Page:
Prisoner B-3087

By Alan Gratz

Summary

In WWII, Yanek Gruener is a Jewish boy that has gone to 10 different concentration camps where he is starved, worked and beaten. He lost his friends and family during a raid. Yanek hid in an old bird coop on the top of a 30 story Jewish complex but was found while he was out looking for food. But when we was found he didn't know he would be worked And starved till he couldn't move no more. He was scared when he saw the body's of the other Jews. He was sure he wasn't going to look like them.

Theme

I thought the theme was that he had determinations of that he could fight the through pain to find glory because Yanek was sure he was going to live and fight through the pain. We was determined that we was going to find his family. That was when Yanek found his uncle in one of the same camps he was in and what he was told was so cruel. He was determined not give up and not to fall for Hitler.

Holocaust

Hitler wanted to kill all the Jews and build a perfect race. Hitler decided that he could work them to death and if they couldn't work they were transported to extermination camps in 15x20 rail cars with 300 people. They had to fight each other to get food. They laid on dead body. Slept on decaying body's. They also trampled each other to death. If the survived it didn't matter because they where locked and gassed to death.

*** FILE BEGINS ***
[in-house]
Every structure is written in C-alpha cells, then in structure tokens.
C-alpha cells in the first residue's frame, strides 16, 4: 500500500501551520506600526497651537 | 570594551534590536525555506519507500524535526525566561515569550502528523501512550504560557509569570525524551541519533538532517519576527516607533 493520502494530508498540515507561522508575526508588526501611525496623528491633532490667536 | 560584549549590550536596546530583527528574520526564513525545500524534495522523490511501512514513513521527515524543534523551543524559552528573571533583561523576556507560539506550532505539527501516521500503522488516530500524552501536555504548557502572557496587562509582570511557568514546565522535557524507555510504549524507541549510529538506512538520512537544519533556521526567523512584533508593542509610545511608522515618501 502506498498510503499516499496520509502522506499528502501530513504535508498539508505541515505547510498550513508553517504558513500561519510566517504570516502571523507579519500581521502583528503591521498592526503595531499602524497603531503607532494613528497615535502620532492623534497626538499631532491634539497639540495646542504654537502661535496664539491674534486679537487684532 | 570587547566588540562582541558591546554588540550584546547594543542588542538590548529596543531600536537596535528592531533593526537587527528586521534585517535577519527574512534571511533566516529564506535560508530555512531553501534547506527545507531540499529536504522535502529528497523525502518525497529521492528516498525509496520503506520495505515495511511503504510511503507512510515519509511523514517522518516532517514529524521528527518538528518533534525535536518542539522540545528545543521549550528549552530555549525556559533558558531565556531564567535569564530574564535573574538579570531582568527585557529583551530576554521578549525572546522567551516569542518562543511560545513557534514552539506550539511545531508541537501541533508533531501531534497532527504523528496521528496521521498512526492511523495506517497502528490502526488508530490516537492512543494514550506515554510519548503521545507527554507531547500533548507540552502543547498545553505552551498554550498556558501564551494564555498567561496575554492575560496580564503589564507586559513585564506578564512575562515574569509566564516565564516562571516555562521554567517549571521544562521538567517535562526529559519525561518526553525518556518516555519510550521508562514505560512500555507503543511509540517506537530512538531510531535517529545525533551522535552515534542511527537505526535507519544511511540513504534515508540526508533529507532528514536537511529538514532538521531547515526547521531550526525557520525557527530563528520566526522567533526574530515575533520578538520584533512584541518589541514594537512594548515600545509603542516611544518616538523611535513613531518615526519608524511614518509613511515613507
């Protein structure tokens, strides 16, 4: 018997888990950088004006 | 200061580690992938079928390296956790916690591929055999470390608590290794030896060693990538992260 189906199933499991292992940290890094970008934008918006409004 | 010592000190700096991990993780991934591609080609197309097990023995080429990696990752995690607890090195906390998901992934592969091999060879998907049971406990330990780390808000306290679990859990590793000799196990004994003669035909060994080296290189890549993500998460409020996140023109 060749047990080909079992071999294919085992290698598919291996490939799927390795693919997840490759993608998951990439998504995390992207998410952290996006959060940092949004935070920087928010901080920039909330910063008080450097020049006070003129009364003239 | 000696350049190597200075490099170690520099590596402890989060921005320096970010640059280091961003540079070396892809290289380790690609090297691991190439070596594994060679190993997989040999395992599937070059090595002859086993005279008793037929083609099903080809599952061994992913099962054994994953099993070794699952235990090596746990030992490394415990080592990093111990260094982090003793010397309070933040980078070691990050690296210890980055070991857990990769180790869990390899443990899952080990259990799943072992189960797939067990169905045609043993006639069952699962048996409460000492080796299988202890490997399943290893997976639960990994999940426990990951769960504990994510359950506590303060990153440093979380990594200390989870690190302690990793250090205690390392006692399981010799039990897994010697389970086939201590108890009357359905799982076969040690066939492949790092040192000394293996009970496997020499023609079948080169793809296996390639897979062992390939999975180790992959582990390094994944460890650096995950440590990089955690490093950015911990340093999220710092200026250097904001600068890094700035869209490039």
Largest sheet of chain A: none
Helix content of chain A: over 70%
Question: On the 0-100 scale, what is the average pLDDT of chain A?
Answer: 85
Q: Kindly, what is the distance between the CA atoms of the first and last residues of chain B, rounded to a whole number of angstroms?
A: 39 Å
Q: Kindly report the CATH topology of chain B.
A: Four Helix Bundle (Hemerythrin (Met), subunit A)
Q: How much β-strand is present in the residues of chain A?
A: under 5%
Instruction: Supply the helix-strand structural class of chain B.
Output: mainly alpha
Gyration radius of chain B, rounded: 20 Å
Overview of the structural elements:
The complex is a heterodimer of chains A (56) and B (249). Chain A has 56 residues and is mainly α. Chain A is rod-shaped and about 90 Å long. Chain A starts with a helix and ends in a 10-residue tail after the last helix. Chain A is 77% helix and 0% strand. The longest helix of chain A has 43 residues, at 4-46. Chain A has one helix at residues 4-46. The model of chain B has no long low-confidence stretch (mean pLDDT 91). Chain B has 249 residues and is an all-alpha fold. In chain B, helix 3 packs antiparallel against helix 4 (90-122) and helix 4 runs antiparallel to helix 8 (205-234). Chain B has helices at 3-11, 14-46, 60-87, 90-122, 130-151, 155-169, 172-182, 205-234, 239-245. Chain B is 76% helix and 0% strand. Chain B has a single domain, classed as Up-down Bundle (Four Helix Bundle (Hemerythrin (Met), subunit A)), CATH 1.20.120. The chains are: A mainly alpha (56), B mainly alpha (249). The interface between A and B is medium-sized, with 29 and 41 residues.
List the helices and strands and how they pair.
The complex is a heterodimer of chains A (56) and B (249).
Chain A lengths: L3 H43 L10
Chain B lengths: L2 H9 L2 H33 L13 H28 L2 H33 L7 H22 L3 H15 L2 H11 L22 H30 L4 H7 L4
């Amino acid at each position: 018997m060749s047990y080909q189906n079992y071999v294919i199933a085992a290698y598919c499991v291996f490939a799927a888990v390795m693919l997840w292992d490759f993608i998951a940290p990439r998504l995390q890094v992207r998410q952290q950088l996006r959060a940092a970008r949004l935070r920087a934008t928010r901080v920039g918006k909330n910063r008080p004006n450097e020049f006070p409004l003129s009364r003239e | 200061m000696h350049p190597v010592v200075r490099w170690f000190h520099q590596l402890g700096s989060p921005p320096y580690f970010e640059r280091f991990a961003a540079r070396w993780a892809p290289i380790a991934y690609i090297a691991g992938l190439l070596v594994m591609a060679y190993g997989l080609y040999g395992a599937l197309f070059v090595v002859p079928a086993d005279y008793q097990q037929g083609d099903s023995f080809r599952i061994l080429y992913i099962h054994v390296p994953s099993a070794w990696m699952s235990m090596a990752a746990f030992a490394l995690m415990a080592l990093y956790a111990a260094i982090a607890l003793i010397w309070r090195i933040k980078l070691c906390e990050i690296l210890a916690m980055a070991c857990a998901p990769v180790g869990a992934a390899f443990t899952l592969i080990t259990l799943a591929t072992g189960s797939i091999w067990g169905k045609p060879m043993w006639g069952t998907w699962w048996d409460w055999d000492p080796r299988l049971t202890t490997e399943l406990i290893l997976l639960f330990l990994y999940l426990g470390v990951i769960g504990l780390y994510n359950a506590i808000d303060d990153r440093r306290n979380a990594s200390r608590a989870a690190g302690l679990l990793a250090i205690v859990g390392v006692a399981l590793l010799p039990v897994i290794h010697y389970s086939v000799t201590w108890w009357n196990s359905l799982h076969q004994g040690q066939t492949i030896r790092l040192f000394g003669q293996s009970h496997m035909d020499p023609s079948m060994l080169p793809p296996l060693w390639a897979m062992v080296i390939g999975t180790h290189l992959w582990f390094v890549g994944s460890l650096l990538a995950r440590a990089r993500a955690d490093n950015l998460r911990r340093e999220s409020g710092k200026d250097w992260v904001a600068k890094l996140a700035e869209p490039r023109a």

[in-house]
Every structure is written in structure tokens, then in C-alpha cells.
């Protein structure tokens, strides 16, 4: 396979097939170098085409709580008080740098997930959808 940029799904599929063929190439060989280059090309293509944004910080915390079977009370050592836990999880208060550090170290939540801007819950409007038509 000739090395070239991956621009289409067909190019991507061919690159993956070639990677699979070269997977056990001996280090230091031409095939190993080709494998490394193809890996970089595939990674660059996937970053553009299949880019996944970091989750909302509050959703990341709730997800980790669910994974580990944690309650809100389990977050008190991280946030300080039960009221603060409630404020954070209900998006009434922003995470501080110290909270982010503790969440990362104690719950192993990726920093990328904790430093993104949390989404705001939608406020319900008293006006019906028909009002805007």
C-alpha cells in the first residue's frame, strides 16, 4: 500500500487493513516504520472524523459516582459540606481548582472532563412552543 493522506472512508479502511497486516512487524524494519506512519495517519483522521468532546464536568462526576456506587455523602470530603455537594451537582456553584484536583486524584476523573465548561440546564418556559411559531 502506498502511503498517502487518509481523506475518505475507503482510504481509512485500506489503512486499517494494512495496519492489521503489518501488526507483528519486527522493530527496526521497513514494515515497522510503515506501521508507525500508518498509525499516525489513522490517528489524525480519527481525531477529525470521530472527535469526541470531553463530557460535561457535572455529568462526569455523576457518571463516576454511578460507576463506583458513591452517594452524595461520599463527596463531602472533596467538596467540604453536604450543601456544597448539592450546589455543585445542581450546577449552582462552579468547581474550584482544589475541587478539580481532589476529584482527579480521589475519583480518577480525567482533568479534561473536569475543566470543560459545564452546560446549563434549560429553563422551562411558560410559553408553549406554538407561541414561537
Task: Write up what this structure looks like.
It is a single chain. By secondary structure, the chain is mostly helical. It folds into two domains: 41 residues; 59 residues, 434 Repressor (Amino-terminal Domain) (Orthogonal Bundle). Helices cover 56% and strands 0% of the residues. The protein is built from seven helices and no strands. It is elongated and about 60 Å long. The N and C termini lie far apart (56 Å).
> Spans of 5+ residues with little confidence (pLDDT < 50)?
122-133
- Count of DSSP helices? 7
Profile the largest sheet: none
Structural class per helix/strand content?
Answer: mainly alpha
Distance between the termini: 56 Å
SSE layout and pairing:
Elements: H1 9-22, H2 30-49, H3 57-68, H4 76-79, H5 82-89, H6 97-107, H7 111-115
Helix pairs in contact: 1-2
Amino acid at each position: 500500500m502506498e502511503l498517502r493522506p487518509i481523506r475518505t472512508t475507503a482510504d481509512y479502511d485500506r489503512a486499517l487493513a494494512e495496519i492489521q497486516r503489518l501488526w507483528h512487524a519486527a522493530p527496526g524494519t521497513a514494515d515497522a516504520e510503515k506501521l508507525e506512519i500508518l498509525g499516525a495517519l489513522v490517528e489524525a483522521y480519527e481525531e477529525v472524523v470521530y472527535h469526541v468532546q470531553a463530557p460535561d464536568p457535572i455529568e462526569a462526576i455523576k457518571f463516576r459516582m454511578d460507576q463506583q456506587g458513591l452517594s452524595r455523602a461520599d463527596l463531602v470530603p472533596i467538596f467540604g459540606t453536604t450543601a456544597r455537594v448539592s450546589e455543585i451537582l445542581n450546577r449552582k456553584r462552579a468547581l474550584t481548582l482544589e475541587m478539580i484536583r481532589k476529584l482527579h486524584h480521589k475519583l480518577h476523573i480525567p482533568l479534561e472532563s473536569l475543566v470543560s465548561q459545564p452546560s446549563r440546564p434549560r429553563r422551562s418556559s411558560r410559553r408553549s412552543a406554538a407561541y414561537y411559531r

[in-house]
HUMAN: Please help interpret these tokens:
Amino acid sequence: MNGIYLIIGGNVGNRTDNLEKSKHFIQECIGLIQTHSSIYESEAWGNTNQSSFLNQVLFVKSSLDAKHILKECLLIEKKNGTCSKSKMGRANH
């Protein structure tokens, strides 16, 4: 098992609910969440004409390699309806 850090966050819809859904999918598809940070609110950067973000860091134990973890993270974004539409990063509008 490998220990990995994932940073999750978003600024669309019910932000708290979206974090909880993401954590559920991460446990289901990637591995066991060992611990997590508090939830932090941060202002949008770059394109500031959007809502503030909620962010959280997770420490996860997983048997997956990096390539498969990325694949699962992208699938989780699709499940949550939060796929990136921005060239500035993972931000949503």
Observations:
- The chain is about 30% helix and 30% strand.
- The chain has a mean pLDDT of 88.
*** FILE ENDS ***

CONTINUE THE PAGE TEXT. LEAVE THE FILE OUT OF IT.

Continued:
Connection

The author did an amazing job describing what Jews had to go through and what they did. The detail of the how ruthless and relentless the concentrations camps were. The way that Yanek's friends and family we stole away from him was so cruel and Yanek didn't know he might never see them again so he was sure he was going to find his family. Most of the Jews had the same things happen to them but most of the Jews didn't make it through the cruel and relentless conditions of the concentration camps. But Yanek survived 10 concentration camps and the Death March.

Citation

"Introduction to the Holocaust." United States Holocaust Memorial Museum. United States Holocaust Memorial Council, 20 June 2014. Web. 15 Dec. 2014.